Why aren’t we flooding the streets to protest this presidency?

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Thousands of protesters flood the streets of Seoul, South Korea in a candlelight march to demand the removal of their despotic president on November 19, 2016.   They succeeded.

In America in 2019, no one is doing much of anything to protest or resist a despotic, sociopathic president who is a clear and present danger to democracy and the rule of law as we have always known it.   We are in grave danger of becoming a totalitarian, fascist regime with the loss of all our rights and protections, and yet are content to sit on our couches and tweet our discontent or just blithely go about our business as if everything is normal.

Why is that so?

There are many, many more of us than them.  The power is in our hands.  It always has been.  All we have to do is use it, as South Korea did in 2016 to remove their despotic president, and many other countries have done (even countries where speaking against the government is a crime), and yet we don’t.   Why not?

Sometimes I’m most clearheaded very early in the morning, before my head gets filled with the garbage of daily life.   I answered my own question upon waking up this morning.   I decided to post my thoughts on Twitter in a series of threaded tweets.  To my surprise, my thread went viral, with many retweets and hundreds of comments I am still trying to reply to.    It seems that my early morning musings hit a nerve, so I decided to post it here too.

Feel free to share your thoughts.

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Going forward…

I found this meme that shows tips from Robert Reich and wanted to share it because I think it’s really important going forward.   Please share.

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Why I resist.

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Some people have asked me why I resist Donald Trump.

There are many reasons.  Perhaps the two most important ones are these:

I resist so my adult daughter can enjoy the same freedoms women have for the past 45 years and not have to go back to a time when they did not.  Even if you don’t believe in abortion (which is perfectly fine), it’s not the government’s job to decide what a woman can and cannot do with her body.   That’s up to her and her doctor (and perhaps her husband and/or church should have a say IF she’s conservative).   I also worry about governmental attempts to restrict access to birth control and contaception education (both which prevent abortion).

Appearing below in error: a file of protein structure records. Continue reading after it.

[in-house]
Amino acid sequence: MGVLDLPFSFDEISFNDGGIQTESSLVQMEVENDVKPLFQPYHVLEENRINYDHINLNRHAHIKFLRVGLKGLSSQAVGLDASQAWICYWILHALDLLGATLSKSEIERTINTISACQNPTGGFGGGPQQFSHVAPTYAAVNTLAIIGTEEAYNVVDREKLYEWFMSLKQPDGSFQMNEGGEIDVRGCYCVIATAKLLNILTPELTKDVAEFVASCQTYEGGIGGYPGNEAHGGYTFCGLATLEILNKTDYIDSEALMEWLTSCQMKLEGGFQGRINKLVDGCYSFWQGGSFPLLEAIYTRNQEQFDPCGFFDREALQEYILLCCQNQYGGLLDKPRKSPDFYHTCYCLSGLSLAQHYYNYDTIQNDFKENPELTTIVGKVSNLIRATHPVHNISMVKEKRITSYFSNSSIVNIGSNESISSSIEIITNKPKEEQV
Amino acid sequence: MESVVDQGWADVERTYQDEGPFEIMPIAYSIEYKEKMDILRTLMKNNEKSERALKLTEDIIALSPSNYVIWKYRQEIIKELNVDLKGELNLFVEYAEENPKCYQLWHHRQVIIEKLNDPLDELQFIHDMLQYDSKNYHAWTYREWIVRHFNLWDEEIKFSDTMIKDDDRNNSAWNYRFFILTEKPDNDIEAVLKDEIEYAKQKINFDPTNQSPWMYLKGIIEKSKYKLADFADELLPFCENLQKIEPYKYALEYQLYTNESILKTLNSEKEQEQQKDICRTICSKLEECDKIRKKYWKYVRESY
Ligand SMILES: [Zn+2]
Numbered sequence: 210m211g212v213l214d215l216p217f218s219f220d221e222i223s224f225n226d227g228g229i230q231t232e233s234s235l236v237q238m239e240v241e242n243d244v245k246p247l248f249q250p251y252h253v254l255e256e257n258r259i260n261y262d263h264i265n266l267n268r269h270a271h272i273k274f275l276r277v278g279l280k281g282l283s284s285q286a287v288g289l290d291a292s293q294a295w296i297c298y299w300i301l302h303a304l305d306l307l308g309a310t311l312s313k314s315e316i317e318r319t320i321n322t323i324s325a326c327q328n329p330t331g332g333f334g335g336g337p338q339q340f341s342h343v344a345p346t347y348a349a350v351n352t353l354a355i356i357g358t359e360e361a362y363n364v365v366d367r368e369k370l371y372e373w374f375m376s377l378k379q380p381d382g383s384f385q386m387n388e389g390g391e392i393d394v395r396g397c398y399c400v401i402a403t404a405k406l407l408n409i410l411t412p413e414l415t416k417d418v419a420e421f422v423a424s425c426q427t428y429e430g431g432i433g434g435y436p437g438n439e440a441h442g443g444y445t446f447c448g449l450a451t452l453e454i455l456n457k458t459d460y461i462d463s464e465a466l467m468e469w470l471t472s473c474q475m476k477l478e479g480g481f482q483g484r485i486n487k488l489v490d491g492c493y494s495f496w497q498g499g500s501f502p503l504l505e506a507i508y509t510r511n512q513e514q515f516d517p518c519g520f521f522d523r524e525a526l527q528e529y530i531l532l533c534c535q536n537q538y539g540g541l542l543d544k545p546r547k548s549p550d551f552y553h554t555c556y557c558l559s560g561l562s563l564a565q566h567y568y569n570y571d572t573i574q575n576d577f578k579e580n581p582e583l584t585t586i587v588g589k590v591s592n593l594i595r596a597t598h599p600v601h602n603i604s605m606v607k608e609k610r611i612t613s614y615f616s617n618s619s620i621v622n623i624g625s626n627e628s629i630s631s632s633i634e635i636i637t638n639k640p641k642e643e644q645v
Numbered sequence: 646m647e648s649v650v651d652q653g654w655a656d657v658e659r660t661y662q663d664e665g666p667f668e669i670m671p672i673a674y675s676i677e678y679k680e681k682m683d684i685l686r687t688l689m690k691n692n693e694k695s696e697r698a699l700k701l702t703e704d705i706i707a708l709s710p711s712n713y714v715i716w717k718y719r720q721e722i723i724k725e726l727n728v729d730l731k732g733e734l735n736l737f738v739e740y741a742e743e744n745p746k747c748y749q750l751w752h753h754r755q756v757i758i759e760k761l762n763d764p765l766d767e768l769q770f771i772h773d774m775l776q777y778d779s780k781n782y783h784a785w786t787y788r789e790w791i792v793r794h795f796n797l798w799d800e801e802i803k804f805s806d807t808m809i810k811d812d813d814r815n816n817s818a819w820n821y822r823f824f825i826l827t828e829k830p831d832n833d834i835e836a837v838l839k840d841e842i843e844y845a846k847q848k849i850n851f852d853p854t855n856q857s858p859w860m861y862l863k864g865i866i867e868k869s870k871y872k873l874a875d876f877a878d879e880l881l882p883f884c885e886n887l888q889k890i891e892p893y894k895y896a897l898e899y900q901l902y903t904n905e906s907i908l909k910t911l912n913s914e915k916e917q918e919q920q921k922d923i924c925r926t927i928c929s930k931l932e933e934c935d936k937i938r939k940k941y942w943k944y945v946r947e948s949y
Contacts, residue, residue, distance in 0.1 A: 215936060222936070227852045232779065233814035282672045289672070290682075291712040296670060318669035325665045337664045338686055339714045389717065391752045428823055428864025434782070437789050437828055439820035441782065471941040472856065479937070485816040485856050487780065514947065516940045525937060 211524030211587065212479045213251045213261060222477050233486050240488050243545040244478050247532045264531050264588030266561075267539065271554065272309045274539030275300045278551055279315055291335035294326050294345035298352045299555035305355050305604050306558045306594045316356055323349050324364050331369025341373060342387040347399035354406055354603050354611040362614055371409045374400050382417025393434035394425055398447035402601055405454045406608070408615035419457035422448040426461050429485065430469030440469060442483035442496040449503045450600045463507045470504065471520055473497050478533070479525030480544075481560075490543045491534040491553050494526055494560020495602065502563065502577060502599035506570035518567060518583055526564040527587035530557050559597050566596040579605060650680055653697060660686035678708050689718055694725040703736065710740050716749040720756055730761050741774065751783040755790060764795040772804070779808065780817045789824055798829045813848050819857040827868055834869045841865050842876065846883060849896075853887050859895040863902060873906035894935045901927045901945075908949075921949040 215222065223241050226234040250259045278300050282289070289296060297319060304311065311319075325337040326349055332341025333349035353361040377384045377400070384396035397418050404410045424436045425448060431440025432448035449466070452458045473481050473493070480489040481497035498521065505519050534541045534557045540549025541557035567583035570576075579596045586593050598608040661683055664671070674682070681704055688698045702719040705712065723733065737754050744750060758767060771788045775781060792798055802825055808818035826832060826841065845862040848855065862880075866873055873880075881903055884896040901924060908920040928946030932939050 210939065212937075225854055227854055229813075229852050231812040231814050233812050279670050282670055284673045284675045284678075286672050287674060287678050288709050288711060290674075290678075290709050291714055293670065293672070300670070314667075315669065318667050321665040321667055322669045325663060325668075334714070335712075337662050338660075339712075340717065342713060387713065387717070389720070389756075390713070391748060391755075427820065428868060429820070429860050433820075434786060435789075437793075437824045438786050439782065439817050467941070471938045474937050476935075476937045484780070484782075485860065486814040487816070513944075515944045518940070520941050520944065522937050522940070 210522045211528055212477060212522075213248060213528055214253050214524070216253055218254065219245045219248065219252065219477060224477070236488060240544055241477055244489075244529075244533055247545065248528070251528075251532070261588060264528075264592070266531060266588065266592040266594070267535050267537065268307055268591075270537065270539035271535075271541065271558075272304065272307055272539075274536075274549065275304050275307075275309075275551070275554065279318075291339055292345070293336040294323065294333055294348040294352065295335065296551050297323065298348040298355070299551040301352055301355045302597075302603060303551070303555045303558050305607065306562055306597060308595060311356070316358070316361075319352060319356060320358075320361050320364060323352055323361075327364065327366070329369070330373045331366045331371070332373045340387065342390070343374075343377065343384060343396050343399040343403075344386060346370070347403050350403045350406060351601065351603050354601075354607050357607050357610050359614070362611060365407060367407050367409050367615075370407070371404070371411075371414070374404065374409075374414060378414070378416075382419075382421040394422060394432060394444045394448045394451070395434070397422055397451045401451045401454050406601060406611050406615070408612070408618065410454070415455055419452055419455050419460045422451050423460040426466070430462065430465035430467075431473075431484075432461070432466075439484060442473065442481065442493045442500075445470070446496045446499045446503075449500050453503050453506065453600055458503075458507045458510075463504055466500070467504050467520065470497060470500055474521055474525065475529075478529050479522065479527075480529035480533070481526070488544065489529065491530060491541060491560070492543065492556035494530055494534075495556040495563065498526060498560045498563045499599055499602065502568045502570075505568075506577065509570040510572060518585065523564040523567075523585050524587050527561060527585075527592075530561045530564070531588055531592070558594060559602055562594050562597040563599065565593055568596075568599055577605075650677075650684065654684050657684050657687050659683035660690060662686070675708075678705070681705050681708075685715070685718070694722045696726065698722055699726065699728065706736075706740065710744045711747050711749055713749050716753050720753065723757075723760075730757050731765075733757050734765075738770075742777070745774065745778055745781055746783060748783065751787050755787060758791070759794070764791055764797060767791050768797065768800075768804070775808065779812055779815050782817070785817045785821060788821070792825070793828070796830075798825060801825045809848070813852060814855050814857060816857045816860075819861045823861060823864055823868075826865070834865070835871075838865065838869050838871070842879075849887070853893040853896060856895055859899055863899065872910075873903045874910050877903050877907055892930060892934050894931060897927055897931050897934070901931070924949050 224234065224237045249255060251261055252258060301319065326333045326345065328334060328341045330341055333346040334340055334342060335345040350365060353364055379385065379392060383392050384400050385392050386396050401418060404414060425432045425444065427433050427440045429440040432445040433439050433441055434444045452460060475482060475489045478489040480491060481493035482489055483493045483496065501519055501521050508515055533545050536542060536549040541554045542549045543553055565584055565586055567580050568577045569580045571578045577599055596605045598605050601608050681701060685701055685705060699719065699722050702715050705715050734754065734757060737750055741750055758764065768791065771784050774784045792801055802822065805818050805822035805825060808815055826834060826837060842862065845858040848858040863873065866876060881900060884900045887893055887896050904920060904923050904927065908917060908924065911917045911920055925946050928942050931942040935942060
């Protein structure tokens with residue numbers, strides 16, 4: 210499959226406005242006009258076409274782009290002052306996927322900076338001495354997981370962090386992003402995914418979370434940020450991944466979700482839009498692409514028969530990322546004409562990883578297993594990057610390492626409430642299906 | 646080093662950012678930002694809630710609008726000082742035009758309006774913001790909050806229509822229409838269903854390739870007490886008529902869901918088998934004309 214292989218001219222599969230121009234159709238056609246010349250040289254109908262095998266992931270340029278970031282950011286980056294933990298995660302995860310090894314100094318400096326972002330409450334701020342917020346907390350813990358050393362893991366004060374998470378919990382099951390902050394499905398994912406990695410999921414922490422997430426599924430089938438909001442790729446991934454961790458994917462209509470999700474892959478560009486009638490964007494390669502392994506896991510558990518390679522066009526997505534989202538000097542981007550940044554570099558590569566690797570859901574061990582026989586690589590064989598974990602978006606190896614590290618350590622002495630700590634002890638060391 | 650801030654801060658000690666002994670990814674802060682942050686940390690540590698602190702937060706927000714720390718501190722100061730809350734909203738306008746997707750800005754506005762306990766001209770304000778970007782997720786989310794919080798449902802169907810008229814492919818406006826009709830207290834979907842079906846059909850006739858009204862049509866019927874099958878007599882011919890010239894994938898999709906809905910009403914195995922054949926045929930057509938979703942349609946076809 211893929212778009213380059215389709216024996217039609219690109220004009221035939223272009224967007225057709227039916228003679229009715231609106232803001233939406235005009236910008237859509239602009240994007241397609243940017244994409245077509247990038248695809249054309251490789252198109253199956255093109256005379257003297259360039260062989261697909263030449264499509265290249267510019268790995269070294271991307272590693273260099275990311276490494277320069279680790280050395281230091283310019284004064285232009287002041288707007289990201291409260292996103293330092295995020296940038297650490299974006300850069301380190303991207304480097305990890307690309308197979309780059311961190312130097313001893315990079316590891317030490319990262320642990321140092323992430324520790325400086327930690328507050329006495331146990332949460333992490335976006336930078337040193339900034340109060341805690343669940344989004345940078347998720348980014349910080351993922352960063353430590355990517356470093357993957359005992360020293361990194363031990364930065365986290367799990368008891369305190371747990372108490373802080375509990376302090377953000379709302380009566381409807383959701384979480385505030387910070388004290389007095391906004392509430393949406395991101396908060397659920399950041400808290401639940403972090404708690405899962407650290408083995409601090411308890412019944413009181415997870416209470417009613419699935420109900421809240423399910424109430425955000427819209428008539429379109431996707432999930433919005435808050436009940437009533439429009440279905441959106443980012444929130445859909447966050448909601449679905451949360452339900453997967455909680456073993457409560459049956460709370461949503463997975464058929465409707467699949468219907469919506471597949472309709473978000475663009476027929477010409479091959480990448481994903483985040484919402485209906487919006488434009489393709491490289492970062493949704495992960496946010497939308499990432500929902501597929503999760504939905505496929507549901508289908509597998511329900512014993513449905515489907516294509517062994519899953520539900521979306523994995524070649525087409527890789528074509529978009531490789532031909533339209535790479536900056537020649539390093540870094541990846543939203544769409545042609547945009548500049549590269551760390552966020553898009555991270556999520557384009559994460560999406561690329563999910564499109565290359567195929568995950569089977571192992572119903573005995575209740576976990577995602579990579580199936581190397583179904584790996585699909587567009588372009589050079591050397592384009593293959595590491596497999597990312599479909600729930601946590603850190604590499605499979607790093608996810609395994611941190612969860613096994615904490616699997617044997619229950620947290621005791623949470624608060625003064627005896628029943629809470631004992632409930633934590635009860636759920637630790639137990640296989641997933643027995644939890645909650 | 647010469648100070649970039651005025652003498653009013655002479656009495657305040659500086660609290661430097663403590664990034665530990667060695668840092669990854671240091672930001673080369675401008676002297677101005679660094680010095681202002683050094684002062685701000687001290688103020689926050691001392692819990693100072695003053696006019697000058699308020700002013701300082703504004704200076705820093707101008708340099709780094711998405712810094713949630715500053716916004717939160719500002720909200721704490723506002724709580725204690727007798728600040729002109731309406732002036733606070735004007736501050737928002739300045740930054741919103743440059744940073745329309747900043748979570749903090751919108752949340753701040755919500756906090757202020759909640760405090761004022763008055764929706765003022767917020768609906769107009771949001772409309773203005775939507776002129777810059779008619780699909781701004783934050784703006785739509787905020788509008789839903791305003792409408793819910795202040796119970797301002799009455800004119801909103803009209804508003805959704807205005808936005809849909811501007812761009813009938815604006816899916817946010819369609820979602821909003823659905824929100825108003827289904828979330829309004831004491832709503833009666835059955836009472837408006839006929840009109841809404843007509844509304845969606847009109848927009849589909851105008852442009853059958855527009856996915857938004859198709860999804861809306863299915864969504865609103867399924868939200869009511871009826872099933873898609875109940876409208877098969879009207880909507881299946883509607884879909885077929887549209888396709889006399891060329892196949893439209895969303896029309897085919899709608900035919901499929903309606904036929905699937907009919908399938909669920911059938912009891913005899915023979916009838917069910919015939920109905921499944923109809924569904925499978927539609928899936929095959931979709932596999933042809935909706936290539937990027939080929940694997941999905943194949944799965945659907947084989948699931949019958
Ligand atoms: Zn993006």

I resist so my gay son can love who he chooses and not be persecuted or discriminated against for that.

But there are other reasons why I resist too:

I resist so future generations (including my descendants, if there are any) can enjoy a safe environment and clean air and water.

I resist so we don’t lose our right to speak our mind and feelings freely without fear of censorship or punishment.

I resist so migrant children and babies aren’t separated from their mothers and fathers and put into cages and abused both physically and emotionally.

I resist because I believe healthcare is a right and not a privilege.

I resist because I hate racism, sexism and any other form of making others “less” for things they have no control over.

I resist because I hate the culture of cruelty and exclusion this administration is encouraging and enabling.

I resist because I don’t believe criminals, sociopaths, malignant narcissists, abusers, hypocrites, greedy Ayn Rand worshipping assholes, white supremacists, religious extremists, and Russian traitors should be running our government.

I resist because I think science is important and takes precedence over religion in matters that affect Americans’ health and wellbeing.

I resist because every working American deserves fair treatment and a wage they can actually live on.

I resist because religion and government should never be merged.  Every time in history and in every country religion and government become intertwined, it always leads to violence, fear and hate, terrible suffering, and war.   You are free to be as religious as you want to be, and you are free to share your beliefs with others, but you are not free to impose your religious beliefs on others who disagree with you.

I resist because I hate fascism, authoritarianism, and extremism of any kind.  Donald Trump checks every box for fascist/authoritarian traits.

I resist because I believe empathy and kindness are important in our leaders, and Donald Trump and his regime have shown absolutely no empathy or kindness.

I resist because I believe a good leader attempts to bring people together, not divide them and tear them apart.

I resist because a good leader cares about ALL Americans, not just their own base (actually, Trump doesn’t even care about them, they are just useful to him.  Being the malignant narcissist he is, all he cares about is himself).

I resist because bullying and good leadership do not go together.  Ever.

I resist because I believe humility and the ability to admit when you’ve made a mistake is important in our leaders, and Donald Trump and his regime have shown no ability to ever own or take responsibility for their mistakes, or for their cruel and deliberate actions.